Energy Transition in Emerging Markets and Developing Economies

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Insights from the eighth instalment of the Energy Matters, People & Money event networking series.



Event Speakers

Paddy Padmanathan Paddy Padmanathan, Former CEO of ACWA Power 
Pierre Etienne Franc Mikael KarlssonActis Partner and Chief Investment Officer


Russell Reynolds Associates recently hosted the eighth instalment of the Energy Matters, People & Money networking series. The event brought a community of industrialists and investors together from across the energy transition value chain, to debate how investors and business leaders should understand the emerging markets frontier.

We surveyed our attendees (60 percent energy investors, 40 percent energy industrialists):

Energy Matters


Energy Matters


Energy Matters


Energy Matters


Summarizing the discussion

$275 trillion of capital spending between 2021 and 2050 is needed for the net-zero transition, which roughly equates to $1 billion every hour of the day, seven days a week. This clearly presents enormous investment opportunities for many, so why focus on emerging markets and developing economies (EM&DEs)?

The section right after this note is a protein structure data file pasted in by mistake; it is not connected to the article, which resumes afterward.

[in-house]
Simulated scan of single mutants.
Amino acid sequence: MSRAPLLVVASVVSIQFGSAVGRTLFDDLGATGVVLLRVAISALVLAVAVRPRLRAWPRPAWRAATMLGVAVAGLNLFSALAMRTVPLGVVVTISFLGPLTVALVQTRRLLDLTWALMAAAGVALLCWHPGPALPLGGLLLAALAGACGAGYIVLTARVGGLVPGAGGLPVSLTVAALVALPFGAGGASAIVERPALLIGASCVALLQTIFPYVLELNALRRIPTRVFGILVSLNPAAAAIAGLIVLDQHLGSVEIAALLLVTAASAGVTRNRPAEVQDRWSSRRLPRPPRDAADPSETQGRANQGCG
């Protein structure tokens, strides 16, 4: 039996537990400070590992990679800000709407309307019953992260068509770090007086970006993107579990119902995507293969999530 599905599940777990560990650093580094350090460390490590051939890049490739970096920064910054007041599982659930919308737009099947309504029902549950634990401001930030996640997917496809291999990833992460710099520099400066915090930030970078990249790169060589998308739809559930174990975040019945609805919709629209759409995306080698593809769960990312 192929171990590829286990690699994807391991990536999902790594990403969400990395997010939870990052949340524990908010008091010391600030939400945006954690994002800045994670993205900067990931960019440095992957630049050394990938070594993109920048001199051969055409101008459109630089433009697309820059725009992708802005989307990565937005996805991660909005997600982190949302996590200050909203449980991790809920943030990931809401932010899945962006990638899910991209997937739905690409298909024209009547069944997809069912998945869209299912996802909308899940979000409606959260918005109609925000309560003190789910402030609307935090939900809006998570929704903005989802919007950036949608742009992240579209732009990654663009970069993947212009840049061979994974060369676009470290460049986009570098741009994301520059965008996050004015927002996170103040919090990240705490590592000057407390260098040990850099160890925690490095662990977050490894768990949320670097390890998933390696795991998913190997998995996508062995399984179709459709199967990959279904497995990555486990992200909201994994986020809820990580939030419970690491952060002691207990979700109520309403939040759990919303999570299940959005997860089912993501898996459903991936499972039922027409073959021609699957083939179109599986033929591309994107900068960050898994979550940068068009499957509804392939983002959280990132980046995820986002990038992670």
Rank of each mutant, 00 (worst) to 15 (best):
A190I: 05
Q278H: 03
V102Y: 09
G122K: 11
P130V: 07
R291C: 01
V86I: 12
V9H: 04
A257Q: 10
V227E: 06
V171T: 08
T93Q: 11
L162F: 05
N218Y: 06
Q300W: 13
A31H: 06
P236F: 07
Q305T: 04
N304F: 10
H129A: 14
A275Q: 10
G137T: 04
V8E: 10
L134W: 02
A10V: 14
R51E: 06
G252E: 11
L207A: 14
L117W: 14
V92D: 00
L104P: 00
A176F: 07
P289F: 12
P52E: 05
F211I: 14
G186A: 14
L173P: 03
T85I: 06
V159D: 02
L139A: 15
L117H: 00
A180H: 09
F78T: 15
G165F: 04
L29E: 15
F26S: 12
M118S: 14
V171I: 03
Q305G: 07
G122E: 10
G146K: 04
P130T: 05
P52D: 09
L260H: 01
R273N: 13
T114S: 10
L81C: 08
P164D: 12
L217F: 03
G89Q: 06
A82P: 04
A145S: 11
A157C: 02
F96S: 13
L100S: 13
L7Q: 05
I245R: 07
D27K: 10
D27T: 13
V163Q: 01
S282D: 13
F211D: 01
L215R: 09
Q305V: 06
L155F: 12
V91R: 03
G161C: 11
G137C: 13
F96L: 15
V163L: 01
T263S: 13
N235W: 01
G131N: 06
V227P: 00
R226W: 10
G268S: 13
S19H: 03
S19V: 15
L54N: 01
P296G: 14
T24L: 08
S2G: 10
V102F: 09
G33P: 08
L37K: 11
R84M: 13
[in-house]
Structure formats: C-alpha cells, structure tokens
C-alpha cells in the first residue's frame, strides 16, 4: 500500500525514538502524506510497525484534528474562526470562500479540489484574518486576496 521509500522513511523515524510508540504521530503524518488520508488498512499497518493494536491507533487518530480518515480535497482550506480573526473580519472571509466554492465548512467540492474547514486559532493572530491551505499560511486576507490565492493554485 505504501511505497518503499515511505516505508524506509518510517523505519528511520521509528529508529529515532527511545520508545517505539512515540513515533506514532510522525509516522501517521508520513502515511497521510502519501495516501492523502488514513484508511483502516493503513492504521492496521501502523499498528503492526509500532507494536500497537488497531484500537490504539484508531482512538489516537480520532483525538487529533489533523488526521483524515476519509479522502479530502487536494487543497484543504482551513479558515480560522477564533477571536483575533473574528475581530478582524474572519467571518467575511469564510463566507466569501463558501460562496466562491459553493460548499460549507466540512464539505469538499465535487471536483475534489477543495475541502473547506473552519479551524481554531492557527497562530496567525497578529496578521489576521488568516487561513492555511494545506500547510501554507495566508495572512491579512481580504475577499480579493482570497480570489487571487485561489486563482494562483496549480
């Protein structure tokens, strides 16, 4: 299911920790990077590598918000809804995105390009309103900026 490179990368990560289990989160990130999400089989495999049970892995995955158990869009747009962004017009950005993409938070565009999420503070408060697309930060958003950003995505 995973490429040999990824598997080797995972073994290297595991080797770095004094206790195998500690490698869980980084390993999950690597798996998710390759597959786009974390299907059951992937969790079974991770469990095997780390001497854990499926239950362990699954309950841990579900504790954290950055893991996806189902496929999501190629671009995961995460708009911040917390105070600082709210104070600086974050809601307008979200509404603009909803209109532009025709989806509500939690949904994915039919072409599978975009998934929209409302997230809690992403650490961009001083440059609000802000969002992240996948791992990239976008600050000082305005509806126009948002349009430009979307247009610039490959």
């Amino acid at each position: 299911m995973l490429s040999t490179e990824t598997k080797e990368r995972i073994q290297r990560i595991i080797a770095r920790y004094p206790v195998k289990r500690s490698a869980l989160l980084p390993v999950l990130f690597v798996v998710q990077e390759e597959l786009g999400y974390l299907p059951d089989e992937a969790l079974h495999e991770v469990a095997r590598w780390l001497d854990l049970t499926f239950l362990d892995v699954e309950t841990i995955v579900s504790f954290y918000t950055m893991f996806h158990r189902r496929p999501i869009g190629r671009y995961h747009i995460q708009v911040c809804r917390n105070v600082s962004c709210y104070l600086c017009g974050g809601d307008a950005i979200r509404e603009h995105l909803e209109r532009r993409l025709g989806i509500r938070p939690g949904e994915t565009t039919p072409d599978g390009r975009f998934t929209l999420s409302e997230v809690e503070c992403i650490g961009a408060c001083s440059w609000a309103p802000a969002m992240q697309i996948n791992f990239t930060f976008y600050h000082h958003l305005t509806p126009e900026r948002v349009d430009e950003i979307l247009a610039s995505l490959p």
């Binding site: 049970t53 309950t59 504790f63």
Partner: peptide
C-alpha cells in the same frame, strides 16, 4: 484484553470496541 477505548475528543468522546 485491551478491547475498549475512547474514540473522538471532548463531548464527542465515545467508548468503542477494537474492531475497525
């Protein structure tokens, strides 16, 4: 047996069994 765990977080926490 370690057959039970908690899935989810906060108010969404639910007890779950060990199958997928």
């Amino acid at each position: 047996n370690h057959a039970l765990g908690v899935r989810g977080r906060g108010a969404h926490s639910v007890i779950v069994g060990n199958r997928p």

• Key to the global transition. Achieving net-zero by 2050 requires substantial investment in EM&DEs, which currently account for over one third of global emissions. These economies will need around $2 trillion annually and approximately 80 percent of this required investment will need to come from the private sector. Without it, put simply, the global energy transition will not be successful. Investors can tap into this long-term investment theme and make a pivotal contribution to the global energy transition.

  • Strong economic growth rates. These are stimulating significant demand for new infrastructure and equipment. Infrastructure is currently the fastest growing asset class with a market cap in excess of $1 trillion, of which 85-90 percent is dedicated for EM&DEs. Coupled with the current CAPEX shortages in these economies, there are wide ranging opportunities with less active competition than typical advanced markets.

  • Superior rates of return. Supportive regulatory interventions and contractual frameworks also allow investors to pick up long-term projects with the benefit of inflation protected capital.

  • Advancing clean energy in EM&DEs is cost-effective. The average cost of reducing emissions in these economies is estimated to be half the level in advanced economies. Decarbonizing energy, with a focus on power generation, is an efficient pathway to keeping these economies on track for net-zero.

  • Leapfrogging technologies. EM&DEs have massive renewable flows which equate to more than 100x of their overall energy demand. These economies have the potential to decarbonize much faster than advanced markets have been able to. For example, 88 percent of the growth in electricity demand between 2019 and 2040 is expected to come from EM&DEs. Some economies, such as India, have already leapfrogged their electricity supply and connected nearly all households to electricity through a mass renewable energy rollout.